Managing Layoffs and Government Subsidies
By Deanna Lanoyway, People First HR Services
Employers that have encountered a slow-down or closure due to Covid-19 may already have been forced to implement layoffs. As the restrictions begin to lift and you are thinking of bringing your employees back, you may be trying to navigate the supports available.
If your reduction in business is somewhere between 10% and 29%, you have two options available. The first is the recently expanded workshare program. It is a federal program designed to help avoid layoffs when you have a temporary reduction in business that is beyond your control. If your employees are eligible for EI and agree to work a temporarily reduced work week while the business recovers, it may be an option. Seasonal businesses and those less than 2 years old are not eligible. But the organization can be a private or publicly held company or a not-for-profit organization.
You can find more information on the Workshare program here
Your second option is the 10% Temporary Wage Subsidy (TWS), which provides the benefit by allowing you to reduce your remittances, so it assists a bit with cash flow while you get your employees and your business back up to speed.
You can find more information on the Temporary Wage Subsidy here
For employers with more significant business reductions – over 30%, you may be eligible for the Canada Emergency Wage Subsidy (CEWS). For March 2020, employers need to be able to demonstrate a reduction of 15% in gross revenue, and for April on they need to be able to demonstrate a 30% reduction. The subsidy will be available for three months, retroactive until March 15.
Companies deemed eligible will need to reapply for the subsidy each month. Employers will need to attest that they are doing “everything they can” to pay the remaining 25% of employee wages. The government wants employers that are financially able to provide the additional 25% to do so, but they recognize that many may not be able to.
Your finance expert will want to spend some time with the application to make sure that you’re looking at your own specific circumstances. Charities and not-for-profits can either include or exclude revenue from government funding in their computation, but once they make that choice they have to continue the same approach for the 3 months. For people who own more than one business and they are related in the value chain – for example if you have one company selling raw materials to another, then you will need to take special steps in your calculations and applications.
So deciding if you will bring your employees back on payroll, even if you have no work for them to do, is a decision that may require you to think about what’s best for your employees, how well you are positioned for cash flow, and how it can benefit your business.
Let’s Consider an Example…
A restaurant, with an 85% reduction in business due to offering only take-out and delivery. Perhaps all servers and over half of the kitchen staff are not working, leaving you with just 4 employees. If all of your employees earn $15 an hour, and for simplicity we’ll say they are all full time, your employees’ typical month’s income from wages was, and is, $2600.00. If you apply for the subsidy and pay them their full wages, you may be reimbursed, if eligible, $1950 per full time employee. So your costs would be $650 per month, per employee to top up their wages, if you are financially able to pay them. Don’t forget to factor in the mandatory employer contributions to EI, CPP, Workers Compensation, etc. And of course, since this is a reimbursement program, you need to consider any costs of financing – should cash flow be a challenge right now.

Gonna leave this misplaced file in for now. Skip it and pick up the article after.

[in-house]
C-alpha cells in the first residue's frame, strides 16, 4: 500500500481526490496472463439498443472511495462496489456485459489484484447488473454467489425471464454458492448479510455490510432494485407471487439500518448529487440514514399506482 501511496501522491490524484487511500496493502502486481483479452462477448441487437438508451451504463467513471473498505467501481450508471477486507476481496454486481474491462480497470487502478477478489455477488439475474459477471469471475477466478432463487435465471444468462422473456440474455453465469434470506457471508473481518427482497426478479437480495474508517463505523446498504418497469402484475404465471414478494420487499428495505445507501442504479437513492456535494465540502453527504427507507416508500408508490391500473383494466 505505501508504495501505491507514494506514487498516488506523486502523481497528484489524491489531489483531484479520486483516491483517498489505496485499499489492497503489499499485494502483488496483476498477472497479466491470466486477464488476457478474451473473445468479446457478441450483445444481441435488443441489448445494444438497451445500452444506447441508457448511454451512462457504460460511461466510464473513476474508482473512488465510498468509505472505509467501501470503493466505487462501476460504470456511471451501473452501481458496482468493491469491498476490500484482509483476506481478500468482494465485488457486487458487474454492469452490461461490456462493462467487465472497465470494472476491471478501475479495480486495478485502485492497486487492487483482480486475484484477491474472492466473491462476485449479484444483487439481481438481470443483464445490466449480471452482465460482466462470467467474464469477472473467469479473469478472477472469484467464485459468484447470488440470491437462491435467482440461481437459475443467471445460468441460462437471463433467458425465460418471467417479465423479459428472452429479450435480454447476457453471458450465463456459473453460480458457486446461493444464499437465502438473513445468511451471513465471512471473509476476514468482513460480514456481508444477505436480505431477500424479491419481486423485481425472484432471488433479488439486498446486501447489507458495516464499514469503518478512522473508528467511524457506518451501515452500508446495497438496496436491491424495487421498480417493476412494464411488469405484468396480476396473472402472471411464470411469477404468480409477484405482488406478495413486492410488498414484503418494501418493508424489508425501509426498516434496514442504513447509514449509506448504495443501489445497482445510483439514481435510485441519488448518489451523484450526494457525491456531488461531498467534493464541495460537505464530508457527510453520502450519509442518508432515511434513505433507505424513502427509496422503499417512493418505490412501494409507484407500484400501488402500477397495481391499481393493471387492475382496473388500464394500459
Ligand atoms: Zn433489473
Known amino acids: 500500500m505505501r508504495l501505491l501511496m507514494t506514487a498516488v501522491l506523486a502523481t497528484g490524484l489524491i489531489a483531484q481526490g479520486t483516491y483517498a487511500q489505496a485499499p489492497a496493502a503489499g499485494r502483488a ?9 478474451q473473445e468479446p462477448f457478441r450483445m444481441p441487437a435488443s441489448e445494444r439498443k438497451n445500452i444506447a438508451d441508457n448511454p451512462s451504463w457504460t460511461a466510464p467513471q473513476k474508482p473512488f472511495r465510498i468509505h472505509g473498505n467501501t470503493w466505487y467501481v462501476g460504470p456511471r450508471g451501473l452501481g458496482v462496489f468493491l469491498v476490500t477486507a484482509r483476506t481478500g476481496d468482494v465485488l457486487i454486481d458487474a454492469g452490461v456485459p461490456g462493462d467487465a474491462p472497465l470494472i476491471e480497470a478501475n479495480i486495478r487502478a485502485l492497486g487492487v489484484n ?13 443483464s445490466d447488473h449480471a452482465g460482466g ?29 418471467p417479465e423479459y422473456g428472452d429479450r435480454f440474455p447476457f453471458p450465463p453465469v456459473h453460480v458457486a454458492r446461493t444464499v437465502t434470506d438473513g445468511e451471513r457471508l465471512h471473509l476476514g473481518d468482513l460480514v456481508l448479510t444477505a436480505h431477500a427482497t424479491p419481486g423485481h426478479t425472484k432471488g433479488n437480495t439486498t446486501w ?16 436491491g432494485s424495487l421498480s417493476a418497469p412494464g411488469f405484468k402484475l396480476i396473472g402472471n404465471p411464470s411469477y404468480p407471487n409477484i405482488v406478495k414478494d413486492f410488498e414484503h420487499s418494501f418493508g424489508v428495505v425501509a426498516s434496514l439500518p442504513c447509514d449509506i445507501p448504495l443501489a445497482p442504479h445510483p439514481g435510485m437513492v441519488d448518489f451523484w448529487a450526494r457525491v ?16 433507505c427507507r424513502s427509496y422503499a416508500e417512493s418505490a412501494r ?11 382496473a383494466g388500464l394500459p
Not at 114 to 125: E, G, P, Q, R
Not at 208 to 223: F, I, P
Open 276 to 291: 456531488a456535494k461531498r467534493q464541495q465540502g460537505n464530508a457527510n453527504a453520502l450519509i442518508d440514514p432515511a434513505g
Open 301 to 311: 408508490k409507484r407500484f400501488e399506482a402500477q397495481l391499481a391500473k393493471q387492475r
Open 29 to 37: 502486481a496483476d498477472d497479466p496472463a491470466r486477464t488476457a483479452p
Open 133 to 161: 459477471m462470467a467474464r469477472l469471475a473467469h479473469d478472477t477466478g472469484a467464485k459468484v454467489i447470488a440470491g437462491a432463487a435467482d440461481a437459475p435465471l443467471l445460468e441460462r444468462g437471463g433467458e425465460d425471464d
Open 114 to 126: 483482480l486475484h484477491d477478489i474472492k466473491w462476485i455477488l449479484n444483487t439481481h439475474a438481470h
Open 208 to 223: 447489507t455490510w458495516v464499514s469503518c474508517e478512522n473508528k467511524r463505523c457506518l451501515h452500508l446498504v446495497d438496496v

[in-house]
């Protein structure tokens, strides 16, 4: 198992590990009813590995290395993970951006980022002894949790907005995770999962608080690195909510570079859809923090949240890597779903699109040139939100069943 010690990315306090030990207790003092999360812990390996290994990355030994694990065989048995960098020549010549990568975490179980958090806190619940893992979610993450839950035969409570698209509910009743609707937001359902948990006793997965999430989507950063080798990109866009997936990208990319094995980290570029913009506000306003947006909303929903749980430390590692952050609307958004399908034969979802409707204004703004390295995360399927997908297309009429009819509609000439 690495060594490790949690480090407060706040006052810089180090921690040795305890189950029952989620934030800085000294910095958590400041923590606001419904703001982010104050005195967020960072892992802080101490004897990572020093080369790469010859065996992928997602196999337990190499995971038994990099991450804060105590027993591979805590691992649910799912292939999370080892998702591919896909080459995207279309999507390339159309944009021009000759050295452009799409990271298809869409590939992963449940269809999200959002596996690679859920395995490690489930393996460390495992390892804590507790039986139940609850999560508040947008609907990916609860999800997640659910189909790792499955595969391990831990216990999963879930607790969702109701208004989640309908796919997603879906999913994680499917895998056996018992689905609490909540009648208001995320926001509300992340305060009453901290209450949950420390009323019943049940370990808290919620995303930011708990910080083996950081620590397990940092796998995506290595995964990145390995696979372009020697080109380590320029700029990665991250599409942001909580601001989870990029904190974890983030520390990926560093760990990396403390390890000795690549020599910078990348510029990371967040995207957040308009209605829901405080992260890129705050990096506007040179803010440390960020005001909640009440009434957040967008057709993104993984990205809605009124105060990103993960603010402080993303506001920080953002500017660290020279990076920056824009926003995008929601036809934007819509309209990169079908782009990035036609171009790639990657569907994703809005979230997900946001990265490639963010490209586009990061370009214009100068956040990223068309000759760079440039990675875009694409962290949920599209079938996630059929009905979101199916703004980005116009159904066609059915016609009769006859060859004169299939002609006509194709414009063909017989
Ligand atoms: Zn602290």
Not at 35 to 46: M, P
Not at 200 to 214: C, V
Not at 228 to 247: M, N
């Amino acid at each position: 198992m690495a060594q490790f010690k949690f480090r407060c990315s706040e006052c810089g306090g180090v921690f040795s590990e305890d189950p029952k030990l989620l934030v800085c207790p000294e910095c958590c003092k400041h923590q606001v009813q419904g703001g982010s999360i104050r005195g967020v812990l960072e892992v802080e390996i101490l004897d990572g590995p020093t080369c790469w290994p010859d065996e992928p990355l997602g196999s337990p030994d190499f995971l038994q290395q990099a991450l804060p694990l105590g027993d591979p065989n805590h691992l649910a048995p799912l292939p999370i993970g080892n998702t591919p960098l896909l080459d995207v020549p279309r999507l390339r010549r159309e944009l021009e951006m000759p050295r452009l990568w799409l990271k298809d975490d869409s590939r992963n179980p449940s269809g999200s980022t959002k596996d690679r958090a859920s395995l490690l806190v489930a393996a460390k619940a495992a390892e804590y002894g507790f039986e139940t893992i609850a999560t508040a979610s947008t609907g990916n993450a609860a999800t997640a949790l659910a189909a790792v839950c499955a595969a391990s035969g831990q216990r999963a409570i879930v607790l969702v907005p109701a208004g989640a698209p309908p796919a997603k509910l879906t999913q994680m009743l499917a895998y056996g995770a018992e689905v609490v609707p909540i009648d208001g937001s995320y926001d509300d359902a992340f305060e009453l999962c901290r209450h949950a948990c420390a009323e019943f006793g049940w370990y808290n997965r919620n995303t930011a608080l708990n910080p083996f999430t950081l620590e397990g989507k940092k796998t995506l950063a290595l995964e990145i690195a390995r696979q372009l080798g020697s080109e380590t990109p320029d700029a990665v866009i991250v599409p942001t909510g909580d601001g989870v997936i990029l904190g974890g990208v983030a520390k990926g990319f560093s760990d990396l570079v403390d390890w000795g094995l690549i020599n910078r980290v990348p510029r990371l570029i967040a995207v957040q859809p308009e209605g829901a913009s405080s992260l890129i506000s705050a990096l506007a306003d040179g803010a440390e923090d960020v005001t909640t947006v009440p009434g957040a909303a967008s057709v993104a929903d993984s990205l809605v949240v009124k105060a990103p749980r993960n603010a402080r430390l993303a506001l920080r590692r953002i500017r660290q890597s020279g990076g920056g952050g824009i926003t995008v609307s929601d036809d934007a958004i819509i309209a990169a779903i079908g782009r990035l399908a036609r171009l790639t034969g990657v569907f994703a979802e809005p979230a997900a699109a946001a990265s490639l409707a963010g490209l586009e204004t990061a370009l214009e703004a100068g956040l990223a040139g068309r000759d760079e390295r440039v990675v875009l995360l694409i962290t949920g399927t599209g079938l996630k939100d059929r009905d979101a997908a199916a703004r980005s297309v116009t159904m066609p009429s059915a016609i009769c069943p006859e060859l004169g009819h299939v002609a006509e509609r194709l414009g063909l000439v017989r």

Since you are already open in a reduced capacity with 4 employees, you can apply for the 4 that are already keeping your business going – so that would be up to $7800 per month to help you support the employees that are still serving up your take-out and keeping you in your customer’s minds.
What about your employees? What is best for them in this scenario? If they’ve applied for and are receiving the Canadian Emergency Response Benefit (CERB), they get $2000 per month. Your subsidy, if that’s all you can afford to pay them, provides $1950. So in this case, what is best for your employees is likely whatever is best for you – because the very best scenario for them is that they have a job to return to, whether it’s now with a subsidy or later on without.
The Impact of Your Approach
One aspect of your decision making should be your culture, and the cost of hiring and training new staff. As HR professionals we know how hard it is to recruit, train, and keep employees with the right skill sets, and who fit your organization’s culture. The longer your employees are off, the harder it may be to keep them engaged and ready to come back at full efficiency. If you are not ready to bring back employees, or if you are looking at further layoffs, consider whether you can provide some support. Employees who have been furloughed during Covid-19 face all the normal challenges and emotions of job loss, even if it’s designed to be temporary, in addition to experiencing unprecedented uncertainty and stress.
Employers who want to retain the investment they’ve made in their employees are looking for ways to keep them engaged and supported. Our online service, JobPause, is designed for individuals experiencing job and life changes. Built into the offering is emotional support, guidance on resiliency, and a mechanism for employers to encourage ongoing engagement with their staff … all from the safety of their own home.
Find out more about JobPause here
Vice President, Strategic HR Consulting